from the world's big
Steve Rubel Talks Tech
Question: What does a Director of Insights do?
Steve Rubel: So, my job as Director of Insights is to ensure to be insightful. It’s to really study first and foremost technology, understand kind of where the technology trends are going and begin to directionally make sense of that.
Second, is to think about how consumers are going to interact with technology and finally is to think about how this is all going to impact our clients in a year, 3 years, 5 years time.
And then what I do after that is basically I’ve kind of, you know, studied trends which I do through a number of different ways. I process all that and I serve as an adviser to first our teams, second to some of our key clients as kind of a consultant on digital trends and then finally I have a big external role like this interview for example that helps me build the Edelman Digital brand around the world.
Question: How do you follow technology trends?
Steve Rubel: First of all, I know I’m going to be wrong a lot, I mean, and I think I allow myself to be wrong and so but first thing I do is I’m a tremendous avid reader. I mean I read huge amounts of information on this topic. I subscribe to thousands of blogs. I read Twitter streams. I read research reports. I read books. I’m constantly reading on the subject.
Second thing I do is I talk to our clients which are some of the biggest marketers in the world, to kind of understand what their pain points are and what they’re thinking and what they’re feeling and what they worry about and then, and then beyond that I just talk to a lot of folks. I go to conferences. I go out and meet with technology vendors and through all that, I’m able to process where things are going.
Question: What trend are you currently following?
Steve Rubel: One of the more pivotal trends I’m watching I think is what we call the media reforestation which is, you know, which is I think Big Think is definitely part of and I say that in a good way.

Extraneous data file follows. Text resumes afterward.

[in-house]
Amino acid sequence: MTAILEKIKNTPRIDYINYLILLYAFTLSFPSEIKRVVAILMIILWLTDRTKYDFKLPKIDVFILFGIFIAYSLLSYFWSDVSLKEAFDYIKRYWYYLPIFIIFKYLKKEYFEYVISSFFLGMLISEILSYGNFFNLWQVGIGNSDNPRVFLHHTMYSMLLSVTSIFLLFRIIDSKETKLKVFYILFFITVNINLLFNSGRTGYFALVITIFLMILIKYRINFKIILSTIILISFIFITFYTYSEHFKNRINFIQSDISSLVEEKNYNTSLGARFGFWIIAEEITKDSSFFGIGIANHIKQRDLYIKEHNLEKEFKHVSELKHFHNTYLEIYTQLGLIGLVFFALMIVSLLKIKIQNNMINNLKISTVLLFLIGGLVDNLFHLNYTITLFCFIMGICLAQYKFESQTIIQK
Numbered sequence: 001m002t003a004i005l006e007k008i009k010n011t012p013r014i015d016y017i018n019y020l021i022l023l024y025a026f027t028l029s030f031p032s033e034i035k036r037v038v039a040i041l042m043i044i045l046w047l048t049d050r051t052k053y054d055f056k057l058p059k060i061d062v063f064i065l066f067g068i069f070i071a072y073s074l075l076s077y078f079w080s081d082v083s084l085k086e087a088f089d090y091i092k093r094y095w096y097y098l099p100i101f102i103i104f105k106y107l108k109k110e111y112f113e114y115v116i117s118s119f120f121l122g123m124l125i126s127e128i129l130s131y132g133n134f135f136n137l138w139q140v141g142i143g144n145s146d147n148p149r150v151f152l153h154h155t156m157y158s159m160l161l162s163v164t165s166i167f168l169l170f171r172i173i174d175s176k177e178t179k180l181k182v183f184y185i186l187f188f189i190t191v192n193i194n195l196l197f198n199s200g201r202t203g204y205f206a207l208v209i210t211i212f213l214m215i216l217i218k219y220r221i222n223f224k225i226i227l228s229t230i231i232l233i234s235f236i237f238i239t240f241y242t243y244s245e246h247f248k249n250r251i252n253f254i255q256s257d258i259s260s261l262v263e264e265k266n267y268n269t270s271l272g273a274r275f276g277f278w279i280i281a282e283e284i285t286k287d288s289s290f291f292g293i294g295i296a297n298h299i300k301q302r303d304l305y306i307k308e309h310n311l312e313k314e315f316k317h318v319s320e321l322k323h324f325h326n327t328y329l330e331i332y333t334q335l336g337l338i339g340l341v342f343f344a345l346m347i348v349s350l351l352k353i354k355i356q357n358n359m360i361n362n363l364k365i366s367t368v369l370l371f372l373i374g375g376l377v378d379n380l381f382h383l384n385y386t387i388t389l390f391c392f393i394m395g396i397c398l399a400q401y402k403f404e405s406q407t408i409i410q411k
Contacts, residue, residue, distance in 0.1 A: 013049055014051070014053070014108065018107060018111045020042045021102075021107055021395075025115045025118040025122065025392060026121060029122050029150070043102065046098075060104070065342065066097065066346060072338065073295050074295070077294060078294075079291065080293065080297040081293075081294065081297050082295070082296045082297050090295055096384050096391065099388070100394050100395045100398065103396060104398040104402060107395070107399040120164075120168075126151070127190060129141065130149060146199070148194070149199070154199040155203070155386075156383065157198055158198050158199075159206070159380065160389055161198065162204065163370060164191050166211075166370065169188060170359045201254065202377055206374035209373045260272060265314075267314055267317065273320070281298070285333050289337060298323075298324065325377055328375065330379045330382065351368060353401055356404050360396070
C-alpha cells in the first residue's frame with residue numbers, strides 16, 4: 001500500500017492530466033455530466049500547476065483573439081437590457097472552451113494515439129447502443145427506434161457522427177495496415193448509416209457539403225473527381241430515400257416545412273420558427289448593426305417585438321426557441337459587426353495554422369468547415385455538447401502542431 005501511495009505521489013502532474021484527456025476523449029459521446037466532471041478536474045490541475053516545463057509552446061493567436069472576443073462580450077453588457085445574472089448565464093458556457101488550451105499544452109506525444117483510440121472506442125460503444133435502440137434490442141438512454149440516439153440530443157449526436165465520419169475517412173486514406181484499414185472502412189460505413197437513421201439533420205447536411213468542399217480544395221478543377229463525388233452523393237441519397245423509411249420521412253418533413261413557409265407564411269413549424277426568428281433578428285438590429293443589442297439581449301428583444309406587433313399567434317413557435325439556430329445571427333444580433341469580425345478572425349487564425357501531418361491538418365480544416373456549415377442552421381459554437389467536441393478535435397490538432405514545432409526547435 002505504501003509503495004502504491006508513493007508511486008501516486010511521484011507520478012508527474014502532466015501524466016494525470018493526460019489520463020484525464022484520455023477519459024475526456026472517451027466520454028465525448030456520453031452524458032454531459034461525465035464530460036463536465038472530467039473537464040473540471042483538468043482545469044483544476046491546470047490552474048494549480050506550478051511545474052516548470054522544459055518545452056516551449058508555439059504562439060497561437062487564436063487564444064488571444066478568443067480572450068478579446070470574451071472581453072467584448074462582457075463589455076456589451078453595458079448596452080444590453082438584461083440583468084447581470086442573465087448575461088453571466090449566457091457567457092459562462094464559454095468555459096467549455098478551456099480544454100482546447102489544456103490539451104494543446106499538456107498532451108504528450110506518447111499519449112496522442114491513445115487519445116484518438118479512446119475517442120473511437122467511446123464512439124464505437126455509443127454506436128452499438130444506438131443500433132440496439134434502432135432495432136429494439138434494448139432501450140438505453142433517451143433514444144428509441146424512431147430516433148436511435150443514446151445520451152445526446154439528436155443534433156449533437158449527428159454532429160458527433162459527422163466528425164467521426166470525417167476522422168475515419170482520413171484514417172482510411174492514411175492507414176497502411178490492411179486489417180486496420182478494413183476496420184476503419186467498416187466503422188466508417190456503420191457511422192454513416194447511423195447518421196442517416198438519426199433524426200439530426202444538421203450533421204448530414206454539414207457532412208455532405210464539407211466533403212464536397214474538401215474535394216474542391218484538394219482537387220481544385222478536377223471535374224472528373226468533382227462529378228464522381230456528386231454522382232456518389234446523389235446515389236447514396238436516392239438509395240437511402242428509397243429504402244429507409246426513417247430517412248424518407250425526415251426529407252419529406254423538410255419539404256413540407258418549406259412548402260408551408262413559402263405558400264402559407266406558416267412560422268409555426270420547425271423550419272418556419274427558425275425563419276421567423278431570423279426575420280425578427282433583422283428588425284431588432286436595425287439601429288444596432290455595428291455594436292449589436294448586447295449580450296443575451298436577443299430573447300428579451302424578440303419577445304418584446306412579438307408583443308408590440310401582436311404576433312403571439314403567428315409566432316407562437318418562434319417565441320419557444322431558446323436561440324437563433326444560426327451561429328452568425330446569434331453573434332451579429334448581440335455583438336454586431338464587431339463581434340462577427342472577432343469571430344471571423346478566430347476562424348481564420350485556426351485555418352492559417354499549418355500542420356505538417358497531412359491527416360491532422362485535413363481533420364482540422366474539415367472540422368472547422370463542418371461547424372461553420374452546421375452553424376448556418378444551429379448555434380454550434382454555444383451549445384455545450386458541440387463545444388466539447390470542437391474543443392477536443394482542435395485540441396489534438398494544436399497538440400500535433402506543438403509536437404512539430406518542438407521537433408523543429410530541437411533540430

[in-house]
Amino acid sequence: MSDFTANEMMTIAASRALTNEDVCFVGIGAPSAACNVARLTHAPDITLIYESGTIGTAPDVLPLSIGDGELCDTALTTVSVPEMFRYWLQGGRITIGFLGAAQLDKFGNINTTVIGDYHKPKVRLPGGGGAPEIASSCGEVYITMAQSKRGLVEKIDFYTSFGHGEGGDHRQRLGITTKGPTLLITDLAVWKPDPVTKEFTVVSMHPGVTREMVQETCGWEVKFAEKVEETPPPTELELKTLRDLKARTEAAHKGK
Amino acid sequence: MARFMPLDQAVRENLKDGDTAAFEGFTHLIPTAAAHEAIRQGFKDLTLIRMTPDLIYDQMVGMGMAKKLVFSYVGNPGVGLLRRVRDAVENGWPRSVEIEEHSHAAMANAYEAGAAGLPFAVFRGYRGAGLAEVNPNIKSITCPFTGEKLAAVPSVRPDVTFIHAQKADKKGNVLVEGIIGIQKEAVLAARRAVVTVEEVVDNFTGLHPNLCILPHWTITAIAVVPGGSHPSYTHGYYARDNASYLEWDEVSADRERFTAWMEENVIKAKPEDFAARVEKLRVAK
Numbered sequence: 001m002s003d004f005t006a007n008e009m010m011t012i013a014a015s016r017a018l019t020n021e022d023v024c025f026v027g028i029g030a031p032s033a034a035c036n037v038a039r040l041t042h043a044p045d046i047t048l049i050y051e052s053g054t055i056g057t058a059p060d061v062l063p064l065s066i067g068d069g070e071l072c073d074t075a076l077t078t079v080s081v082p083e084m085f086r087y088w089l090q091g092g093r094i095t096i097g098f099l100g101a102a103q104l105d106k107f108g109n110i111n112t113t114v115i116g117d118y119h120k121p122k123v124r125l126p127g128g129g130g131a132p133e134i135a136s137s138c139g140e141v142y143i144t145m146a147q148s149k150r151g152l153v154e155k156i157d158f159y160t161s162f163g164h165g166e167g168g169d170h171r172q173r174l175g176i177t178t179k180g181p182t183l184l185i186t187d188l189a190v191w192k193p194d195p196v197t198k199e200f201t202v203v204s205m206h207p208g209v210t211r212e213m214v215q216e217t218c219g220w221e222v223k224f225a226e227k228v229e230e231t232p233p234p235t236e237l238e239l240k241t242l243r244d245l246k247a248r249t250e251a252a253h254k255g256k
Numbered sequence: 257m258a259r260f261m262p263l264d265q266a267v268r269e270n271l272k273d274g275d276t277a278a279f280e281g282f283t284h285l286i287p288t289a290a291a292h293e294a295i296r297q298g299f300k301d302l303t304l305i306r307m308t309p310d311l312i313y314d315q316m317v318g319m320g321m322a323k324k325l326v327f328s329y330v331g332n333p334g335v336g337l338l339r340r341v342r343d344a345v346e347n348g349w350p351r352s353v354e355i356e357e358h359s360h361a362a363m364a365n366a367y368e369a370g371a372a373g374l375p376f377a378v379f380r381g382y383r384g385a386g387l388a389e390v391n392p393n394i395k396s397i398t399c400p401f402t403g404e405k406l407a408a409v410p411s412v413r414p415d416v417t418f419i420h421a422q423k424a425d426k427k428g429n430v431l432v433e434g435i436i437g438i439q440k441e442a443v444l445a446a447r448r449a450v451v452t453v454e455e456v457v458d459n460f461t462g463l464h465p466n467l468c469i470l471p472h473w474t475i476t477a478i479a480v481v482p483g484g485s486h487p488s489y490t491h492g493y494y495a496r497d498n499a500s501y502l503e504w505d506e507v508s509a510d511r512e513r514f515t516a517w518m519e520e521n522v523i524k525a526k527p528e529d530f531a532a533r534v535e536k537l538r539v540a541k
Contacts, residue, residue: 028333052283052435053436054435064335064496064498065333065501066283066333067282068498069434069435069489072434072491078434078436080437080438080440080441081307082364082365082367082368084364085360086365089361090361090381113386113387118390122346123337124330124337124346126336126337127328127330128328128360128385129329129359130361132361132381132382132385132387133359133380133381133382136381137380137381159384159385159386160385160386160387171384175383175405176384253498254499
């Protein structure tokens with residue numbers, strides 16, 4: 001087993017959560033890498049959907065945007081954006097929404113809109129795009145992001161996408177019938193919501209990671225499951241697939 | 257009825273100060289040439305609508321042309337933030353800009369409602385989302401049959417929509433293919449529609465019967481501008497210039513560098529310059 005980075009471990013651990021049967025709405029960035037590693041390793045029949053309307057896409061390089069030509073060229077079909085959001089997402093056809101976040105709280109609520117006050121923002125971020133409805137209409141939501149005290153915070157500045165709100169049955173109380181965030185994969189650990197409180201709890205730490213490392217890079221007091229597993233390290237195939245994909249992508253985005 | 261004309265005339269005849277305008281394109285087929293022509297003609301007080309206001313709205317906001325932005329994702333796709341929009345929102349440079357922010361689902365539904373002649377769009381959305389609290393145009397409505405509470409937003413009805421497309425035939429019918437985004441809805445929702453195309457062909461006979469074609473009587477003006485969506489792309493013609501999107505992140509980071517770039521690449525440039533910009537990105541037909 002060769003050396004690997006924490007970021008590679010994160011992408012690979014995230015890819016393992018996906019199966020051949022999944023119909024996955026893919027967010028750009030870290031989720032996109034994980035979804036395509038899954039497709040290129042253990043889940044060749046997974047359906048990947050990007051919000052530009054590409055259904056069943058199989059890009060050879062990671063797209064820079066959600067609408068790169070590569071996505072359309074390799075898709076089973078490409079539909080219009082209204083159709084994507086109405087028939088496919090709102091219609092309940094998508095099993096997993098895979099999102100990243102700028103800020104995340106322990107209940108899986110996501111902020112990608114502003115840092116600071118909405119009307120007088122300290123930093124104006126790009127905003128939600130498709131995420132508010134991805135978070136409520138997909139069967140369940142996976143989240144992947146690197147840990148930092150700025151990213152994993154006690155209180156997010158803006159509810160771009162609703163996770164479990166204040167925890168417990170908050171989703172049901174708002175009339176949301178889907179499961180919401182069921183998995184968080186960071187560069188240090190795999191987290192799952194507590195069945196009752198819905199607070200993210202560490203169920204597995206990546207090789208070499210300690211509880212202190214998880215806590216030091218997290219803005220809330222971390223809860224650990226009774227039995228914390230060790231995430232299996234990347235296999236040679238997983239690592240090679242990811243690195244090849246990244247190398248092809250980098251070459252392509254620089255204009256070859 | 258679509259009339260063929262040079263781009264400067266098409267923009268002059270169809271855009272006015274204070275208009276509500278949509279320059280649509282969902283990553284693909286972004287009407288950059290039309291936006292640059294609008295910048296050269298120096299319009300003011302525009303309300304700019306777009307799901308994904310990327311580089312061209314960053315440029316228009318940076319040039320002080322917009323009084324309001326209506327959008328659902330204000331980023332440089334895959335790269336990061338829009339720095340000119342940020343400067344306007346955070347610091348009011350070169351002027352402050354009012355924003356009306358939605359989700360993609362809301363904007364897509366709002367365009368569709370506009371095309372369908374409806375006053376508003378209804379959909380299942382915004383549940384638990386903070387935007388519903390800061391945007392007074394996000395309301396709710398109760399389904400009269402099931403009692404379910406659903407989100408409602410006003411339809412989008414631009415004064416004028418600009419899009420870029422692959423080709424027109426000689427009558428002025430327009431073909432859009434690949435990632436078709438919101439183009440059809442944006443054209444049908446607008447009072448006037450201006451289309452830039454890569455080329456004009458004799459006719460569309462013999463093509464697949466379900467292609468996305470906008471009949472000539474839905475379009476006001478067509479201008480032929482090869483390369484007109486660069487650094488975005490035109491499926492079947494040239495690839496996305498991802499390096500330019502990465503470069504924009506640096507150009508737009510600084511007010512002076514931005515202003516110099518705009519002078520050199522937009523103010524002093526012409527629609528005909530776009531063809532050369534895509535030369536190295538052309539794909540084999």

The whole notion that, you know, media over the last 5-6 years has been completely democratized as you are, as your studio here and your crew is proving and with that I think that finally that coupled with the recession and a number of other trends is beginning to erode, you know, big media companies and a big part of that is the transition from atoms to bits. So, I think that all media is going to be digital or in digital format or tangible forms of media will either be in decline or gone I think in five years and that includes everything from books to DVDs to newspapers. I mean they will still be around I think some of them, but I think they’ll be in decline in five years.
And so, at the same time there’s huge opportunities for, you know, entrepreneurs like yourself or companies to become media brands in themselves or individuals to become media brands and I think there’s going to just be, that’s you know, the economy that is built on top of the media ecosystem is huge.
I think about the advertising agencies in that entire complex, you know, you think about the PR industry. It’s a huge industry around media and not just the people who employed in the media business and obviously as they begin to go through changes so will all these industries.
Recorded on: May 27, 2009
This is how a tech watcher stays on the cutting edge.
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Health officials in China reported that a man was infected with bubonic plague, the infectious disease that caused the Black Death.
- The case was reported in the city of Bayannur, which has issued a level-three plague prevention warning.
- Modern antibiotics can effectively treat bubonic plague, which spreads mainly by fleas.
- Chinese health officials are also monitoring a newly discovered type of swine flu that has the potential to develop into a pandemic virus.